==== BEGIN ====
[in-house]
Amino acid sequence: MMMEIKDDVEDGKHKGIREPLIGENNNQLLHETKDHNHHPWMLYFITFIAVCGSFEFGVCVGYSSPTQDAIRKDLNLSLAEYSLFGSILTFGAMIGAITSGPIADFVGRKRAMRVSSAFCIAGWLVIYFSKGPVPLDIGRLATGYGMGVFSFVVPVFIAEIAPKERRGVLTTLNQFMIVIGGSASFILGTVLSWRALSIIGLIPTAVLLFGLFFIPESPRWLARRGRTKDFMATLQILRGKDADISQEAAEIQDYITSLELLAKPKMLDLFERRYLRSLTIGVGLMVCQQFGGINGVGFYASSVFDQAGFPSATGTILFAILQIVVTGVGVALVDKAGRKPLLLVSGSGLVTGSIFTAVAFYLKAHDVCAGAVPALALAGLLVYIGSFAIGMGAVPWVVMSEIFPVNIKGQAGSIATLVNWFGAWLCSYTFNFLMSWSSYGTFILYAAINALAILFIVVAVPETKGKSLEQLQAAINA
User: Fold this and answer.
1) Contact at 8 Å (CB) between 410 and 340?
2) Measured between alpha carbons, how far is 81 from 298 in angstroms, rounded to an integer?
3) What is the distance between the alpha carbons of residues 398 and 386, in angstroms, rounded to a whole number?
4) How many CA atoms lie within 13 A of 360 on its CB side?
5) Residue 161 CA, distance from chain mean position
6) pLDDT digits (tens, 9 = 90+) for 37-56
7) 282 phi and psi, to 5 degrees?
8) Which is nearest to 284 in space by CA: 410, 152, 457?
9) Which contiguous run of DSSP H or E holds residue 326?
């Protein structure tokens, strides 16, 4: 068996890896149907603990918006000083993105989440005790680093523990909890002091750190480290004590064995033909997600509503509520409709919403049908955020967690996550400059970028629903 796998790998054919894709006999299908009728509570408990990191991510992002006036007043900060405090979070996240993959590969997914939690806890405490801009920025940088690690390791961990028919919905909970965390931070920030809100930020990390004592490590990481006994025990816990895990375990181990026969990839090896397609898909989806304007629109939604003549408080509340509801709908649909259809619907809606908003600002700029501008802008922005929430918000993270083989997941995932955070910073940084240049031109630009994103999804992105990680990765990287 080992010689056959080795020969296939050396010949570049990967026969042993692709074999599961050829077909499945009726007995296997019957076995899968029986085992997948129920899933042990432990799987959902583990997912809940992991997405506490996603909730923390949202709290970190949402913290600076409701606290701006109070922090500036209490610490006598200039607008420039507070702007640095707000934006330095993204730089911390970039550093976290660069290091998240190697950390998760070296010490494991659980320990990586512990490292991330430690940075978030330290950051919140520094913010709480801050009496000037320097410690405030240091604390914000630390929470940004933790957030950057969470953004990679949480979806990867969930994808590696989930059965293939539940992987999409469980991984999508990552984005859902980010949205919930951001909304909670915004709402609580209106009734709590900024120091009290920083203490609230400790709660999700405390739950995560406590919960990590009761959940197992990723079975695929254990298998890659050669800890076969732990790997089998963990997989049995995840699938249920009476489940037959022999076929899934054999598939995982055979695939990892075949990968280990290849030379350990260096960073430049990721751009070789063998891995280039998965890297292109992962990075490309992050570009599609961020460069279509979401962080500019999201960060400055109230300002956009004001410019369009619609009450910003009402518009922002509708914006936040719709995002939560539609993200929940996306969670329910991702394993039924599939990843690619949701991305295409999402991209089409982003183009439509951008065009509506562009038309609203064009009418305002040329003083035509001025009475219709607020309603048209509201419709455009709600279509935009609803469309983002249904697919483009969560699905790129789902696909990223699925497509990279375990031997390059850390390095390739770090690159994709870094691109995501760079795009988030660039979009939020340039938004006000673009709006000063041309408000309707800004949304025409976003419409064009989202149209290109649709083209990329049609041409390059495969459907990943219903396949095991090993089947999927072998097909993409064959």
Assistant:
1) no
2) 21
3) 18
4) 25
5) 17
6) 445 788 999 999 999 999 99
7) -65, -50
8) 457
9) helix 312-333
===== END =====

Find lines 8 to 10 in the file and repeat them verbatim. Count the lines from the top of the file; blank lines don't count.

5) Residue 161 CA, distance from chain mean position
6) pLDDT digits (tens, 9 = 90+) for 37-56
7) 282 phi and psi, to 5 degrees?